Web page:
Trail Mix

Trail mix is something of a hit and miss with most people. I personally like most trail mixes even if they don’t contain any chocolate. I have to put my foot down at dried mango though. I can’t stand that stuff.

Anyway, the majority of trail mixes contain an assortment of nuts, a bit of granola, and raisins or other small pieces of dried fruit such as papaya or coconut. Some trail mixes contain chocolate also. Typical nuts include peanuts, almonds, and cashews. Brazil nuts, pecans, and walnuts are usually reserved for mixed nuts as opposed to trail mix.

Coconut and chocolate trail mixes are particularly delicious, although maybe not as healthy as other options. Many popular trail mixes include M&M’s. Don’t be that person that only eats the M&M’s out of the mix and leaves the rest for everyone else. People don’t usually like that, and may consider pushing you down a mountain.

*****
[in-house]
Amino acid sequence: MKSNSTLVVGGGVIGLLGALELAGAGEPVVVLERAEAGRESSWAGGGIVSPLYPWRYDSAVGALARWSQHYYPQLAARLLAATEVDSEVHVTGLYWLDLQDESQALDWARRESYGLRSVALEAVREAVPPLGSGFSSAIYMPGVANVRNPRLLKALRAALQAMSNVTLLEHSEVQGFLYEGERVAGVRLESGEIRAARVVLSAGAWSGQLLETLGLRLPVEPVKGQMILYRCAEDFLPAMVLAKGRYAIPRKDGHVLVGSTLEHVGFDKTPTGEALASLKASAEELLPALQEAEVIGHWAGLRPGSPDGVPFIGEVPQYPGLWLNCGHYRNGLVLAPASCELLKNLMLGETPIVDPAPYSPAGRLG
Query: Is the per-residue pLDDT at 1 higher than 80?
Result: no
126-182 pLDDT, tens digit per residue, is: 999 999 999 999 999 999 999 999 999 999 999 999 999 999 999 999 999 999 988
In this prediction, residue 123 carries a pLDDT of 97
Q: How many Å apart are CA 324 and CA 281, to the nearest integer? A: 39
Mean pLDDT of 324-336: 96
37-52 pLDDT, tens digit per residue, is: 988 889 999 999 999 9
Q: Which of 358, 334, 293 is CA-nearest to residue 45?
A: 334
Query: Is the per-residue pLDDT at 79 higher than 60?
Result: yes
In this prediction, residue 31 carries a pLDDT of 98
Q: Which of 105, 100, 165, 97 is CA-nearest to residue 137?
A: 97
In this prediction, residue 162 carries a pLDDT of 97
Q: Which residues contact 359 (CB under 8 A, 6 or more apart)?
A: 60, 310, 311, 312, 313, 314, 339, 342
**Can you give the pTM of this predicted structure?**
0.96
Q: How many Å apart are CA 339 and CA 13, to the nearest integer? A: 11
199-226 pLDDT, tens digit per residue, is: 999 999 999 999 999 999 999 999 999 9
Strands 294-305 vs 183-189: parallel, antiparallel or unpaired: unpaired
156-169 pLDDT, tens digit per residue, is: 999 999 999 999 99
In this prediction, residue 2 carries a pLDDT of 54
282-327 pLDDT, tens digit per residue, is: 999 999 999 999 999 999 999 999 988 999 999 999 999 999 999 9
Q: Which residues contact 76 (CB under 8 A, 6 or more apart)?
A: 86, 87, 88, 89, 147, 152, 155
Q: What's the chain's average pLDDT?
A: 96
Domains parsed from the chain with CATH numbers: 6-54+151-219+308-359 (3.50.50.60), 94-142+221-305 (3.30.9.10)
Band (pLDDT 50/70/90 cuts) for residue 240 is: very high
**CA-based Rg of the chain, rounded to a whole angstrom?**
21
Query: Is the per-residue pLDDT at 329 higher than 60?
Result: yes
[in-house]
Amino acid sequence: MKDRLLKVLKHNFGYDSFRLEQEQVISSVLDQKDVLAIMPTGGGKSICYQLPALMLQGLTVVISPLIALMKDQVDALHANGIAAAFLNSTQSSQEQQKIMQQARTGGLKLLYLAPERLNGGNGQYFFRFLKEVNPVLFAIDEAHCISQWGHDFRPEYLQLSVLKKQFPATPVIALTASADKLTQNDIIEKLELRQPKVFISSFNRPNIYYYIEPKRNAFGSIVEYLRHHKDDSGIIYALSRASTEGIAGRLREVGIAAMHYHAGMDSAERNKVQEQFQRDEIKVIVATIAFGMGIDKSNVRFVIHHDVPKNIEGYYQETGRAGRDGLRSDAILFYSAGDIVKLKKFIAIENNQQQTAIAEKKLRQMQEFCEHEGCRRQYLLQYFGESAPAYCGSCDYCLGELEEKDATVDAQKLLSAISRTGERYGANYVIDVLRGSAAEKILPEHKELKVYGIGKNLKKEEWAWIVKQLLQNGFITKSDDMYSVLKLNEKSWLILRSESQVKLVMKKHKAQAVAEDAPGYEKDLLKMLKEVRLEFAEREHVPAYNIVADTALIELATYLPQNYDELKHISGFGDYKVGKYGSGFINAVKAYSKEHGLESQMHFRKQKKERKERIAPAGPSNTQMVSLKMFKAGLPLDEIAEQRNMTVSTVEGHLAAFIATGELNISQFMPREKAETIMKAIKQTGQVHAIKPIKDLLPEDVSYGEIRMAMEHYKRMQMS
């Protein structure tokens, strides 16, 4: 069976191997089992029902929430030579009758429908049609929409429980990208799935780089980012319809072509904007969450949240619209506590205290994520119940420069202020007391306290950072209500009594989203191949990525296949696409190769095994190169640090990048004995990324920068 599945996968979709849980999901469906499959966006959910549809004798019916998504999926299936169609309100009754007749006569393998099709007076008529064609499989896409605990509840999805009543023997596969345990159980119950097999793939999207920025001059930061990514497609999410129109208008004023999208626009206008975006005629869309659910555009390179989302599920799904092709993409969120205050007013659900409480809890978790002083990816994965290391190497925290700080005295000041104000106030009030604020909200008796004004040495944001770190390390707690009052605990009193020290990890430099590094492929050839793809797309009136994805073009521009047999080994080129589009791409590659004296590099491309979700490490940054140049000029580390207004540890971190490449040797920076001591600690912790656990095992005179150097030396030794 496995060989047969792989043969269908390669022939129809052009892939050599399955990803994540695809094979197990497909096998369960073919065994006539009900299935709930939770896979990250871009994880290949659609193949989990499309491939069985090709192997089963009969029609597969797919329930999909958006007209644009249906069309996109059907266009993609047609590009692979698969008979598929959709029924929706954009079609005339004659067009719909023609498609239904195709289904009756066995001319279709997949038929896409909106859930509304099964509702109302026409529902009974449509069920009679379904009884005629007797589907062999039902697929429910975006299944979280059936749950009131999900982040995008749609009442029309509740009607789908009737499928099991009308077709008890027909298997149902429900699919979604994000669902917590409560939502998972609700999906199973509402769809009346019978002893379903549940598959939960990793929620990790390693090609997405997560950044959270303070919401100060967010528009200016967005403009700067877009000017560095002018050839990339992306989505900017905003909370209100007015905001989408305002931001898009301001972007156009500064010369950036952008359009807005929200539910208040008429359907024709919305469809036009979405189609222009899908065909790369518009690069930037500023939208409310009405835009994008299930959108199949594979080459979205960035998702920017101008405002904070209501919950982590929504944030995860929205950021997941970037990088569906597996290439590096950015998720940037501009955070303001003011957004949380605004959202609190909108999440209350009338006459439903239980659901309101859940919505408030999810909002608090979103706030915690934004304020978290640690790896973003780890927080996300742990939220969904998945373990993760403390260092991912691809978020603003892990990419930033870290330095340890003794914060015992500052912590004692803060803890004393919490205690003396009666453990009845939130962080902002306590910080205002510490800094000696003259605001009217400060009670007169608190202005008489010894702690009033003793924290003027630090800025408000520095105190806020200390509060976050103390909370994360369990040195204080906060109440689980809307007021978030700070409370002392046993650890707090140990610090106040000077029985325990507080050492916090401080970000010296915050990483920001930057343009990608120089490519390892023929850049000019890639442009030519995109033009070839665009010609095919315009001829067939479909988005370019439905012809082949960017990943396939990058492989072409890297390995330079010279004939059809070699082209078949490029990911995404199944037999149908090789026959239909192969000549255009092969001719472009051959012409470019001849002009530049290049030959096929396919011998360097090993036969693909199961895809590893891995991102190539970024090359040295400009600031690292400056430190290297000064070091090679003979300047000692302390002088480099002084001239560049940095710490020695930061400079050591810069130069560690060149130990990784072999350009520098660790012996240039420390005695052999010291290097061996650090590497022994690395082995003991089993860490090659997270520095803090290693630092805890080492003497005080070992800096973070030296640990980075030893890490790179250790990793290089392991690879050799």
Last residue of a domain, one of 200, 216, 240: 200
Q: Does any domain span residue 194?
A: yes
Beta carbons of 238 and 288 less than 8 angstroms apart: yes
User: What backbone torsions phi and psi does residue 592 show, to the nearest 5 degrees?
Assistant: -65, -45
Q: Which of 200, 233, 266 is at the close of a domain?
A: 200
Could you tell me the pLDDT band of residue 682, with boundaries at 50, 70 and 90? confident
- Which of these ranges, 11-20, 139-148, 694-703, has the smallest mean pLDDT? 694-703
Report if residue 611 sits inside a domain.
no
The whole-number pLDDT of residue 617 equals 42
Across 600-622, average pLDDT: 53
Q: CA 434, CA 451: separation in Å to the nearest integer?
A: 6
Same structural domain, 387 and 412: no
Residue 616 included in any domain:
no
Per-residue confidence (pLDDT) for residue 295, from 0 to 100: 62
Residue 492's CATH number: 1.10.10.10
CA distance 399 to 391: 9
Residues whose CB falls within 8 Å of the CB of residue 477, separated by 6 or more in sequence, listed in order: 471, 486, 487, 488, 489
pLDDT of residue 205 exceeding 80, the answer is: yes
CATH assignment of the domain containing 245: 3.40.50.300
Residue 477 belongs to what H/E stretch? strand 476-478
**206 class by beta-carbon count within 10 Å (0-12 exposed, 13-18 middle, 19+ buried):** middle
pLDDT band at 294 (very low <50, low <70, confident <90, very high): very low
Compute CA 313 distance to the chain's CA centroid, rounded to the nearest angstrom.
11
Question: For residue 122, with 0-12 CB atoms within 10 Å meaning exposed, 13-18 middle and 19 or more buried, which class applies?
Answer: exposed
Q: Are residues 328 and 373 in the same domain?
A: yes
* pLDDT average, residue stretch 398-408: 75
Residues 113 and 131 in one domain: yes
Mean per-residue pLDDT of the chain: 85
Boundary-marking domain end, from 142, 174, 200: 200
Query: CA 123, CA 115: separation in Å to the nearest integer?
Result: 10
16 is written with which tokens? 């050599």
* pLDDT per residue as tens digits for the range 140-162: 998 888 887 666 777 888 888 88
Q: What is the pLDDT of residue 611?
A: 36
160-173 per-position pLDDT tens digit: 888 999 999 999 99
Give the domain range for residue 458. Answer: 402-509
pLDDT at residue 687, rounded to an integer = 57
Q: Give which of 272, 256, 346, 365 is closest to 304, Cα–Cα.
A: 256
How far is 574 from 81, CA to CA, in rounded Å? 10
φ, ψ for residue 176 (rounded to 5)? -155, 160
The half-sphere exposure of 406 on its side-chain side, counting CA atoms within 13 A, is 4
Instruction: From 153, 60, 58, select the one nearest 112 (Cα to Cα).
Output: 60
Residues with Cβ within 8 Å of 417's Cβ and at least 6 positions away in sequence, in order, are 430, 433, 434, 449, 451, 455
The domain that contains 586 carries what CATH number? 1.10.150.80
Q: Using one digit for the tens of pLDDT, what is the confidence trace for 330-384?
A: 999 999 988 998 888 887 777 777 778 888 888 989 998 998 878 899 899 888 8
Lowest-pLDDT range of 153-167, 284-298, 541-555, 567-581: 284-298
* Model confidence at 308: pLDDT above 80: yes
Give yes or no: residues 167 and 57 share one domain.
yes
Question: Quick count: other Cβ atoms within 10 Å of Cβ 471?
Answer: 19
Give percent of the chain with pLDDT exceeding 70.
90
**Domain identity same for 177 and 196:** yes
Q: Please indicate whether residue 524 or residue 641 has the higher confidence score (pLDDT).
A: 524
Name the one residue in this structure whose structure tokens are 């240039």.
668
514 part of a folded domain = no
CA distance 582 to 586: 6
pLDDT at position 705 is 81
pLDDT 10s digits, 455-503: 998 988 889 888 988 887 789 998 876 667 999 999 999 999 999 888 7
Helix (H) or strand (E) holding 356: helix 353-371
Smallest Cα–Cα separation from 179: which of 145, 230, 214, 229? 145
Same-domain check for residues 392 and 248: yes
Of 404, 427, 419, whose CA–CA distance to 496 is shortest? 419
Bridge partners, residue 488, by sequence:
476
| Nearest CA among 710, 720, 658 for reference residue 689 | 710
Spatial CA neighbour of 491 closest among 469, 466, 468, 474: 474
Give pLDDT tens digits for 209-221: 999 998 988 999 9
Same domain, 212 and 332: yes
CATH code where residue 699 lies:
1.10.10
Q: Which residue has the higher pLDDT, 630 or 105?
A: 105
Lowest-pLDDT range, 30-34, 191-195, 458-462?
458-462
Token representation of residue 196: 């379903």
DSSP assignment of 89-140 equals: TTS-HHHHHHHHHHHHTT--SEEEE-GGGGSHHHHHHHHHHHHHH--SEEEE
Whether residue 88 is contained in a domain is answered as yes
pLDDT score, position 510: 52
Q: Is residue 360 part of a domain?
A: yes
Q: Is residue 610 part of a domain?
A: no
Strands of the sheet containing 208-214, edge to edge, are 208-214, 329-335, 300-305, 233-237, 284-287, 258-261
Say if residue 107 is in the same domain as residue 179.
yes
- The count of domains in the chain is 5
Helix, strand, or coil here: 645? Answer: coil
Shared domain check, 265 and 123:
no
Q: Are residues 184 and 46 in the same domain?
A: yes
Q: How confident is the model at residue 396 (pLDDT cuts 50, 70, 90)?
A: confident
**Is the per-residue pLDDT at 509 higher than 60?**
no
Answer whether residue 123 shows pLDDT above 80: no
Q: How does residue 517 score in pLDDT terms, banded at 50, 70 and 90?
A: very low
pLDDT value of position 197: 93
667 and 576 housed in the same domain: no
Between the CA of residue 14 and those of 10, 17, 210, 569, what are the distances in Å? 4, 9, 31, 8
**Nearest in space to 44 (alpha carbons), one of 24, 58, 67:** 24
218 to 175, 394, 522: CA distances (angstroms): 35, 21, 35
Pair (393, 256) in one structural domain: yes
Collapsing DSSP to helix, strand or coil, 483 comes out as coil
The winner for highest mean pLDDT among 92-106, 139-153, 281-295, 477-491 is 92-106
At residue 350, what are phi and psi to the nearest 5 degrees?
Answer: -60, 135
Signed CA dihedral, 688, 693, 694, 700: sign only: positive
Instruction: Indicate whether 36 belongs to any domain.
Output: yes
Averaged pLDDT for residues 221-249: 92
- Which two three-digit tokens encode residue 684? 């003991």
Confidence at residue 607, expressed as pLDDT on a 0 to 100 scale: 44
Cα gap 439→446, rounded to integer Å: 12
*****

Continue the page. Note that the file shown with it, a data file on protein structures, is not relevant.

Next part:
Tail mix makes a great snack when hiking or doing any sort of physical activity outdoors because not only is it lightweight and easy to store, but it’s quite nutritious as well. Carbohydrates from the dried fruit provide a quick boost of energy while the nuts provide sustained energy from the protein and fats.

Gorp is another term for trail mix that some hikers use. It’s commonly understood to be an acronym for “good old raisins and peanuts”, or alternatively “granola, oats, raisins, peanuts” in honor if its common ingredients. As mentioned earlier however, different trail mixes may contain M&M’s, chocolate chips, and different nuts as well as or instead of oats and granola.

The Oxford English Dictionary cites a reference from 1913 to the verb gorp, which means “to eat greedily”. I just think it’s a silly word.